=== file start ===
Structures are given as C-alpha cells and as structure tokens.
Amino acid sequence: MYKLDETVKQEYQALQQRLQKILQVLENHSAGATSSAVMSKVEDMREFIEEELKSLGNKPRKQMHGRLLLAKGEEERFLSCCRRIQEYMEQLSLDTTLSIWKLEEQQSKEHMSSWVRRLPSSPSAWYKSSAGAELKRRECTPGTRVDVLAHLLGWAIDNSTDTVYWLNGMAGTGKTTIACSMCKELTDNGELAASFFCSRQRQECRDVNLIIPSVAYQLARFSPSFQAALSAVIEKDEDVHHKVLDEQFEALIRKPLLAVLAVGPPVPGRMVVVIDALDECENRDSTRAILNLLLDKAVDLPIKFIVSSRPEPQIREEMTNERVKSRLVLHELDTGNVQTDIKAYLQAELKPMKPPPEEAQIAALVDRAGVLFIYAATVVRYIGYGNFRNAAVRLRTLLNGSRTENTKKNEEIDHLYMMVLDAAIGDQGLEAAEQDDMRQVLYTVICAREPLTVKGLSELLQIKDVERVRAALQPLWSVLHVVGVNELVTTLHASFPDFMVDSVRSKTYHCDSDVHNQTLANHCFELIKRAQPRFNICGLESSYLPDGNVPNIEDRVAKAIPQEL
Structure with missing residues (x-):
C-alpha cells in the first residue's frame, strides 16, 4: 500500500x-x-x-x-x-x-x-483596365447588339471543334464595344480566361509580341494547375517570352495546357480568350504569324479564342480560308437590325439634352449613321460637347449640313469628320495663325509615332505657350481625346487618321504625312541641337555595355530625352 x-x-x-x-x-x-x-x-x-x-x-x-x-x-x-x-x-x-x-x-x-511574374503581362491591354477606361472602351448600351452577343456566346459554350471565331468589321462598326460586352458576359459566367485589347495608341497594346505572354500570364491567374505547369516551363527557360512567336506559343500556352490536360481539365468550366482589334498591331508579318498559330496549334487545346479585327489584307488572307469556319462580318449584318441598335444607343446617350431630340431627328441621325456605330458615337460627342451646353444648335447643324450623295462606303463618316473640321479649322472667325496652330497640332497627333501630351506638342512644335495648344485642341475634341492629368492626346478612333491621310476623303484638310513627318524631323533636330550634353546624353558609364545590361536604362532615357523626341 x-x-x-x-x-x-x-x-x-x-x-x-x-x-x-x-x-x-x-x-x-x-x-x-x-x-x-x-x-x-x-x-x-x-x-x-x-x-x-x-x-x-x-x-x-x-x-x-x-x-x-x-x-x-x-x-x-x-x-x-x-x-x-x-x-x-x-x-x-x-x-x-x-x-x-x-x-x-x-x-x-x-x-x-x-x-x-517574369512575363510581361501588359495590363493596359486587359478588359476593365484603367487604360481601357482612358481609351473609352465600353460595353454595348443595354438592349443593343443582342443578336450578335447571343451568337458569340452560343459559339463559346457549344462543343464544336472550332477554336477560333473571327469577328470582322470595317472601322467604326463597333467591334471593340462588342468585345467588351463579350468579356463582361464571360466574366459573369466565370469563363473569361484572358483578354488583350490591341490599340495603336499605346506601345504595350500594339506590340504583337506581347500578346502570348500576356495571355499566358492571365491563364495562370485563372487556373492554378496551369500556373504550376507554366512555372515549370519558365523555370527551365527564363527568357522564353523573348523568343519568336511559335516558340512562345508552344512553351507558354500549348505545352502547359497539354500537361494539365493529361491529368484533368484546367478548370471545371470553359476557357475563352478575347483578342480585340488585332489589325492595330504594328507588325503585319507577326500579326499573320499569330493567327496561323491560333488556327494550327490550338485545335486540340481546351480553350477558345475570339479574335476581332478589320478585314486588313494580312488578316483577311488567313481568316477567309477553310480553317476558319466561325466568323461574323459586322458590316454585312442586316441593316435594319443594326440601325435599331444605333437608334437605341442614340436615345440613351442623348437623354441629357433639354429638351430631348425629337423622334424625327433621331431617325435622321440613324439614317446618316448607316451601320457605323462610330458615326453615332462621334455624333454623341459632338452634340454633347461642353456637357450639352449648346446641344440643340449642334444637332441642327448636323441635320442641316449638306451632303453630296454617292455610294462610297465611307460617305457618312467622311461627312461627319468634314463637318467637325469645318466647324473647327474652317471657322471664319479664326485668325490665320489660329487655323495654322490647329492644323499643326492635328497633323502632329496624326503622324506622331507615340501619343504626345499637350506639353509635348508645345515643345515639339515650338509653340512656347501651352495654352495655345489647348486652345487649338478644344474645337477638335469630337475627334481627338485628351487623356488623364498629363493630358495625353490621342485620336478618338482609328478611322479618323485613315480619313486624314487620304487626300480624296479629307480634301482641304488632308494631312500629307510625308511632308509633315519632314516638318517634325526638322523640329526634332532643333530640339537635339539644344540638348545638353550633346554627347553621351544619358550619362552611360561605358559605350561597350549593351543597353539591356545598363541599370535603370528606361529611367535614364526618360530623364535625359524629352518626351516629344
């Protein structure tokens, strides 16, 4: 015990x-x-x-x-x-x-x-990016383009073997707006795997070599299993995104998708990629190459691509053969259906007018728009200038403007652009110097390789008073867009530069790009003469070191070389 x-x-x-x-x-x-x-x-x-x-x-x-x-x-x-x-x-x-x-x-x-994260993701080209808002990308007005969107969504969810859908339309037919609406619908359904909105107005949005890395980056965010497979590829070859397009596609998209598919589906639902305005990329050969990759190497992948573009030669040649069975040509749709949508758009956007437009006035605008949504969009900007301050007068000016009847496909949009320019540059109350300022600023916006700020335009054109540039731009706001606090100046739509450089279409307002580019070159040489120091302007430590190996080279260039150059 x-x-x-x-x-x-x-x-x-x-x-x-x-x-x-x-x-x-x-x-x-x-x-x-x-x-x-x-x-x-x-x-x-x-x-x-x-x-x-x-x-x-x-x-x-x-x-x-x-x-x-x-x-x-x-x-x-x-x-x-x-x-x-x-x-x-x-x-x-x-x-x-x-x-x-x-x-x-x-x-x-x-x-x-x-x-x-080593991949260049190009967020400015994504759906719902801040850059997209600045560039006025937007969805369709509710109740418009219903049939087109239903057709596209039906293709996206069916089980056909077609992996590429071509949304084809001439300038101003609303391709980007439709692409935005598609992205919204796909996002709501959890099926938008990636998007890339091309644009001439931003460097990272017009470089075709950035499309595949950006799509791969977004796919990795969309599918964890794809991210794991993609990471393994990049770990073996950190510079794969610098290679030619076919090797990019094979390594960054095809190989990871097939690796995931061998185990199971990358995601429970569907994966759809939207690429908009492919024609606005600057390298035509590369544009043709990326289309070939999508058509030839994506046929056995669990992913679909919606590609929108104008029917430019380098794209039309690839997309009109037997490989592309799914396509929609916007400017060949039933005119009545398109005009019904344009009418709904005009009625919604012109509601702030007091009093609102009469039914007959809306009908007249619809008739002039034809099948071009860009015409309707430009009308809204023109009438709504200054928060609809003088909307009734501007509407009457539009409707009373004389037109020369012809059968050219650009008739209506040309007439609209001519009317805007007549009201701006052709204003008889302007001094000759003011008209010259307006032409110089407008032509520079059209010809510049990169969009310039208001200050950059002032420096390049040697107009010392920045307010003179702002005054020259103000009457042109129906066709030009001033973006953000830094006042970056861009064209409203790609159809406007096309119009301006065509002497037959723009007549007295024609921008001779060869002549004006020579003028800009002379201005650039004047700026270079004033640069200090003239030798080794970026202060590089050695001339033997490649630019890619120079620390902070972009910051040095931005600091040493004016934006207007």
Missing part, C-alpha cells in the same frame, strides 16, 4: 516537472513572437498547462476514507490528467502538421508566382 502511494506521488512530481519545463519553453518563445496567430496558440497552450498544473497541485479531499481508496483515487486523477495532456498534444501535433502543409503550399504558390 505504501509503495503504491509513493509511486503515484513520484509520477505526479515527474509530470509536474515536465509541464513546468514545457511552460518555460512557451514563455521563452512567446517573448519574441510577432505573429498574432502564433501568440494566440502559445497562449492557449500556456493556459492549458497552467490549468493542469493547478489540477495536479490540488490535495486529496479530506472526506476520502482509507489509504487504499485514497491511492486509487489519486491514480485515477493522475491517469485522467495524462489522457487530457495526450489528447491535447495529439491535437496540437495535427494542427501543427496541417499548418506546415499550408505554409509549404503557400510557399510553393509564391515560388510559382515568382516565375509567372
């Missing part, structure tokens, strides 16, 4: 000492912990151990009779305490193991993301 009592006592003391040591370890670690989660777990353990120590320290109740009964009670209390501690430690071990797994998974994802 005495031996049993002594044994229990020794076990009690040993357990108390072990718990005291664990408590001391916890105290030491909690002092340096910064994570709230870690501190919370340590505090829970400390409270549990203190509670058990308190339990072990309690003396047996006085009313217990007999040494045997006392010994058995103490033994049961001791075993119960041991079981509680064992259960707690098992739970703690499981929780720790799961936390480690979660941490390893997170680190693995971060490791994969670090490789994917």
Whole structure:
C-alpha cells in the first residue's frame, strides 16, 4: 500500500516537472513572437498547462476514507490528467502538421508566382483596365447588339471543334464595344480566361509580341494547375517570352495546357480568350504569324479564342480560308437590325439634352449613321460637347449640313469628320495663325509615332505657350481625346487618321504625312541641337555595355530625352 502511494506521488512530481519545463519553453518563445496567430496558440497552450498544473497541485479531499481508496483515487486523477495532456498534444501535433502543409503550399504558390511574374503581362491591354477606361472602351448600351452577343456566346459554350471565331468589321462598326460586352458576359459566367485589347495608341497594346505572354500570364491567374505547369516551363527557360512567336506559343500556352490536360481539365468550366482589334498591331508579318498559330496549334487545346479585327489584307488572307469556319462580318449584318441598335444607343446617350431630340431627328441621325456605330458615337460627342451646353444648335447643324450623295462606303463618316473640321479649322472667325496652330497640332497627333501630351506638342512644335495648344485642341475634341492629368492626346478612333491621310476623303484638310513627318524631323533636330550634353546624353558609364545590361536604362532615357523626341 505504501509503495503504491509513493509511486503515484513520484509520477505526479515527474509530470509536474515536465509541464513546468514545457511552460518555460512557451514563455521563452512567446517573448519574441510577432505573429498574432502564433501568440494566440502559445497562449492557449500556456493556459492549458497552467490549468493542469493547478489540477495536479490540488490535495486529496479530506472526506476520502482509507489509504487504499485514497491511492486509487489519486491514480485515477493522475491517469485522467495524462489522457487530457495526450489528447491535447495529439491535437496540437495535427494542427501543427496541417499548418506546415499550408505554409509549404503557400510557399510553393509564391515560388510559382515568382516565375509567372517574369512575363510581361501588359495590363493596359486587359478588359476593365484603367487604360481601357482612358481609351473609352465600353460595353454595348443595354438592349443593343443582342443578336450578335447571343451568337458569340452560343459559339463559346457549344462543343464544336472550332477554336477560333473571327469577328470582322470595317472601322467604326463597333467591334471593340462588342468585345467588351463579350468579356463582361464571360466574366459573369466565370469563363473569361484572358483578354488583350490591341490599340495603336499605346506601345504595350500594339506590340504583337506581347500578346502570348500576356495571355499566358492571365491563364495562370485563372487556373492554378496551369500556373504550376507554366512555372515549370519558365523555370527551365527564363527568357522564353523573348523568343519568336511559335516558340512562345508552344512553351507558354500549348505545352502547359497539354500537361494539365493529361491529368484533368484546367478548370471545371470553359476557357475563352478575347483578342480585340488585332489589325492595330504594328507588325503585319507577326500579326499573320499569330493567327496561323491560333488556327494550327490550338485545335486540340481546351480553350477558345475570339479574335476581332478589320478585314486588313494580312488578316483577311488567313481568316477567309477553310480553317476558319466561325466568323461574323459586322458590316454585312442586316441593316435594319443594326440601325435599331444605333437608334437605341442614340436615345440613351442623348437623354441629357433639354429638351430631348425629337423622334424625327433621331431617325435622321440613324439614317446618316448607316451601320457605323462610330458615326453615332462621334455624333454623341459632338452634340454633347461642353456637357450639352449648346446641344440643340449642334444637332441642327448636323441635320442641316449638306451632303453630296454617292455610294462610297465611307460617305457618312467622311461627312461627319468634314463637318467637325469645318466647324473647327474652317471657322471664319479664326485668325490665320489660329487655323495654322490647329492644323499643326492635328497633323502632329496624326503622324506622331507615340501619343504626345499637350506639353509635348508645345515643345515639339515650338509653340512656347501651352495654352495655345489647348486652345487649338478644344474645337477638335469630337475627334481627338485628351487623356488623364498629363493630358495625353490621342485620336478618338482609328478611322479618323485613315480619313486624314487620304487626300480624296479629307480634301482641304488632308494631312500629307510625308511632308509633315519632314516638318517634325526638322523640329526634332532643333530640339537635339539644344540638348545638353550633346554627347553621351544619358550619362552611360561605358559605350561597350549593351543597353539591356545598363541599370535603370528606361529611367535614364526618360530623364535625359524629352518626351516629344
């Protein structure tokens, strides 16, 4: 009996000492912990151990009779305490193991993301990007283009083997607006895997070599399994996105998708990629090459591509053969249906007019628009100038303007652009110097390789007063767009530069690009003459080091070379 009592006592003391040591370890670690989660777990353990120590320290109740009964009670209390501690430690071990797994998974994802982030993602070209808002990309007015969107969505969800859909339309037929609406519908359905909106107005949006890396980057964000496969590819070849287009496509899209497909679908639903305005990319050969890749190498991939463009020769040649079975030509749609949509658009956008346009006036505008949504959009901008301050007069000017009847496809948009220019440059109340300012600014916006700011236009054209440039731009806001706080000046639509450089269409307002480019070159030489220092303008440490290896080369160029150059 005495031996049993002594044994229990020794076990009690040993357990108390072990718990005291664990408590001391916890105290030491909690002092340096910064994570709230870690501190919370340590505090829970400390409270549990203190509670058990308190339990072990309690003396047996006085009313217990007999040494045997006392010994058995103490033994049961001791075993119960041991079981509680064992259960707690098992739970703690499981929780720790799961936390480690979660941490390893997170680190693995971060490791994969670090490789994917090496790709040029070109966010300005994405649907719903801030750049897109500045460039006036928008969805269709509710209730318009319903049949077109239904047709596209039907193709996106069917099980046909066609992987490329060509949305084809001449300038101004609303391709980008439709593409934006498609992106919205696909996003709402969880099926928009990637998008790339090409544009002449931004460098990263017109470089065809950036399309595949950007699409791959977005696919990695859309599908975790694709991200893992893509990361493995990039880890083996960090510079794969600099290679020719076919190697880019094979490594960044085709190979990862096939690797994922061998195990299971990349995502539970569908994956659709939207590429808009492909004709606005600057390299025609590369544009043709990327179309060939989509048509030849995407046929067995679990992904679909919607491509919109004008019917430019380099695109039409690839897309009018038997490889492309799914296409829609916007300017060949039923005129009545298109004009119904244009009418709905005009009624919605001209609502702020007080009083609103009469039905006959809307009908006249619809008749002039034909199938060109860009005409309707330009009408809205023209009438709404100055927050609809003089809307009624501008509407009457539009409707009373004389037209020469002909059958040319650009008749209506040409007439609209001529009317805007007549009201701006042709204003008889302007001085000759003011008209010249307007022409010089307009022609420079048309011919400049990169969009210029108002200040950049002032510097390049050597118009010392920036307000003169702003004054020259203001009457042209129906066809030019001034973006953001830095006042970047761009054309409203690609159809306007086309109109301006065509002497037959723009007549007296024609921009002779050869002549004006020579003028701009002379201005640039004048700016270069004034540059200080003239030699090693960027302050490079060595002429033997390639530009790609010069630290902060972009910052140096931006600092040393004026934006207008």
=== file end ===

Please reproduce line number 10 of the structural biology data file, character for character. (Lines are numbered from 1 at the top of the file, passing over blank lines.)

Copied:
């Protein structure tokens, strides 16, 4: 009996000492912990151990009779305490193991993301990007283009083997607006895997070599399994996105998708990629090459591509053969249906007019628009100038303007652009110097390789007063767009530069690009003459080091070379 009592006592003391040591370890670690989660777990353990120590320290109740009964009670209390501690430690071990797994998974994802982030993602070209808002990309007015969107969505969800859909339309037929609406519908359905909106107005949006890396980057964000496969590819070849287009496509899209497909679908639903305005990319050969890749190498991939463009020769040649079975030509749609949509658009956008346009006036505008949504959009901008301050007069000017009847496809948009220019440059109340300012600014916006700011236009054209440039731009806001706080000046639509450089269409307002480019070159030489220092303008440490290896080369160029150059 005495031996049993002594044994229990020794076990009690040993357990108390072990718990005291664990408590001391916890105290030491909690002092340096910064994570709230870690501190919370340590505090829970400390409270549990203190509670058990308190339990072990309690003396047996006085009313217990007999040494045997006392010994058995103490033994049961001791075993119960041991079981509680064992259960707690098992739970703690499981929780720790799961936390480690979660941490390893997170680190693995971060490791994969670090490789994917090496790709040029070109966010300005994405649907719903801030750049897109500045460039006036928008969805269709509710209730318009319903049949077109239904047709596209039907193709996106069917099980046909066609992987490329060509949305084809001449300038101004609303391709980008439709593409934006498609992106919205696909996003709402969880099926928009990637998008790339090409544009002449931004460098990263017109470089065809950036399309595949950007699409791959977005696919990695859309599908975790694709991200893992893509990361493995990039880890083996960090510079794969600099290679020719076919190697880019094979490594960044085709190979990862096939690797994922061998195990299971990349995502539970569908994956659709939207590429808009492909004709606005600057390299025609590369544009043709990327179309060939989509048509030849995407046929067995679990992904679909919607491509919109004008019917430019380099695109039409690839897309009018038997490889492309799914296409829609916007300017060949039923005129009545298109004009119904244009009418709905005009009624919605001209609502702020007080009083609103009469039905006959809307009908006249619809008749002039034909199938060109860009005409309707330009009408809205023209009438709404100055927050609809003089809307009624501008509407009457539009409707009373004389037209020469002909059958040319650009008749209506040409007439609209001529009317805007007549009201701006042709204003008889302007001085000759003011008209010249307007022409010089307009022609420079048309011919400049990169969009210029108002200040950049002032510097390049050597118009010392920036307000003169702003004054020259203001009457042209129906066809030019001034973006953001830095006042970047761009054309409203690609159809306007086309109109301006065509002497037959723009007549007296024609921009002779050869002549004006020579003028701009002379201005640039004048700016270069004034540059200080003239030699090693960027302050490079060595002429033997390639530009790609010069630290902060972009910052140096931006600092040393004026934006207008």